Kovid: Adults without A-level to offer free college courses


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A fully funded college course will be offered to adults in England without an A-level or equivalent qualification, the government has announced.

The offer will be available from April and will apply to courses providing “skills valued by employers”.

In a speech on Tuesday, the PM will say that the government “cannot save every job” amid the coronovirus epidemic, but wants to help people find new work.

Labor said the plans would not reverse the impact of “a decade of cuts”.

Unemployment is set to rise rapidly for fear of the government’s decision.

The Office for Budget Responsibility has stated that the unemployment rate may rise between 9.7% and 13.2% in the next few years. The most recent rate – for May to July – is 4.1%.

In his speech, Boris Johnson would say: “As the Chancellor has said, we cannot, alas, save every job – what we can do is give people the skills to find and create new and better jobs.

“We are changing the foundation of the skill system so that everyone has a chance to train and step back.”

It is as follows:

  • The number of people who died from Kovid-19 worldwide has risen to one million, with researchers saying the number of new infections is still increasing in many areas.
  • Under the tough coronovirus restrictions announced by Health Secretary Matt Hancock, it would be illegal for large parts of north-east England to meet people indoors in other homes.
  • Conservative backbenchers are seeking votes in parliament before any coronovirus ban is implemented in England, they say, hoping that an agreement can be reached with the government. Some MPs were invited to meet Matt Hancock on Tuesday, and were told last night that progress was being made.
  • Education Secretary Gavin Williamson is later due to make a statement in the House of Commons as thousands of students have been asked to self-segregate following an increase in cases at universities.
  • Retail union Usdaw says store employees are at greater risk of violence, verbal abuse and coronavirus infection as a result of the 10:00 am closing.

The government said that offering courses to adults without A-levels would be paid through the National Skills Fund.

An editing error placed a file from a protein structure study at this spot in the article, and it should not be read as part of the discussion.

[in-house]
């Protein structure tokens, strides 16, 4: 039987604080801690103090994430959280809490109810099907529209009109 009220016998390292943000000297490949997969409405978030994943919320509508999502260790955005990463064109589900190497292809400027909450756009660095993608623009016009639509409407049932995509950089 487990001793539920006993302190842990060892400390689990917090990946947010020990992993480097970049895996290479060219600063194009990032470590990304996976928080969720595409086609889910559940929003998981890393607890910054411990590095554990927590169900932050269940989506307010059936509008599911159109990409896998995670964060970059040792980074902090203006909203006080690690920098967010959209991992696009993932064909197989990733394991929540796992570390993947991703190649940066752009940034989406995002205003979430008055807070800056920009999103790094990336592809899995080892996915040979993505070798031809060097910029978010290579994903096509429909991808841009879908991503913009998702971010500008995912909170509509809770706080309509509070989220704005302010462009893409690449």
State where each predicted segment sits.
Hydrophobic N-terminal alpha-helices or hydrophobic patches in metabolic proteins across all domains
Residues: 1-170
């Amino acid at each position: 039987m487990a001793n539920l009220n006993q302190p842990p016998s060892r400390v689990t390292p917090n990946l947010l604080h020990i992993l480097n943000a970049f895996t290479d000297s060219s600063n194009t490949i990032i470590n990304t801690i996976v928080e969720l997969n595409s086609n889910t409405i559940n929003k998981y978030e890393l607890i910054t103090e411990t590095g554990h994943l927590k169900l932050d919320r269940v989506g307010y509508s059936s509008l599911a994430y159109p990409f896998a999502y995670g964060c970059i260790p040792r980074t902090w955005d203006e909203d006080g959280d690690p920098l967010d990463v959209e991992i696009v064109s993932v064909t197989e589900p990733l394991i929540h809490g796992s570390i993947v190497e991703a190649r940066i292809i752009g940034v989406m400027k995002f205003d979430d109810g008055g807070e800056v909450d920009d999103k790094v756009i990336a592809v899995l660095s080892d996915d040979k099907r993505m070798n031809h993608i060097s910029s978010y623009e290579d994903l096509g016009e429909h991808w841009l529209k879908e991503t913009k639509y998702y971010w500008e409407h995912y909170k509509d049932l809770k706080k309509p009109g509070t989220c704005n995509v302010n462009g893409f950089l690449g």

A full list of available courses will be announced next month.

The government said it wanted to make higher education loans more flexible, which was intended to encourage people to “learn” throughout their lives instead of three or four-year blocks, enabling more part-time study.

It added that the changes would be supported by investments including more than £ 1.5bn in capital funding in college buildings and facilities.

Further details will be established in an education white paper later in the year.

Among other schemes, small businesses will be offered a financial incentive to take on apprenticeships and £ 8m skills to cover the areas of construction and engineering of “boot camps” in West Yorkshire, south-west England, Derbyshire and Nottinghamshire. Will be spent on

It follows pilots in Greater Manchester and the West Midlands who focus on digital skills.

And the government’s Online Skills Toolkit, a collection of training resources launched in the spring that will be expanded to include 62 additional courses to help people gain employment skills before reopening occupations.

Reacting to the government’s measures, Labour’s shadow education secretary Kate Green said: “A week ago Labor called for a national policy strategy to counter the crisis that Britain faces, but what the government proposes There is only a mix of repetition of old policies and funding that won ‘t be available until April.

“By then many workers could have been out of work for about a year, and the Tories still think they would need to take loans to get the training they would need to get back to work.”

He said the plans provide workers with “the skills and support they need in the coming months”.

CBI Director General Dame Carolyn Fairbairn said the “significant” unemployment Coronavirus is leaving in its wake “only intensifies the need for people to develop new skills and adapt to new ways of working”.

He added, “Flexible lending to support lifelong skills guarantees and flexible loans is a strong start, but to really shift gears, it must be supported by meaningful progress on developing the apprenticeship levy into a flexible skills levy ,” he said.

The Apprenticeship Levy – introduced in 2017 – takes 0.5% of the salary bill from major employers, with an annual pay bill in excess of £ 3m intended to use the money to improve skills and provide training.

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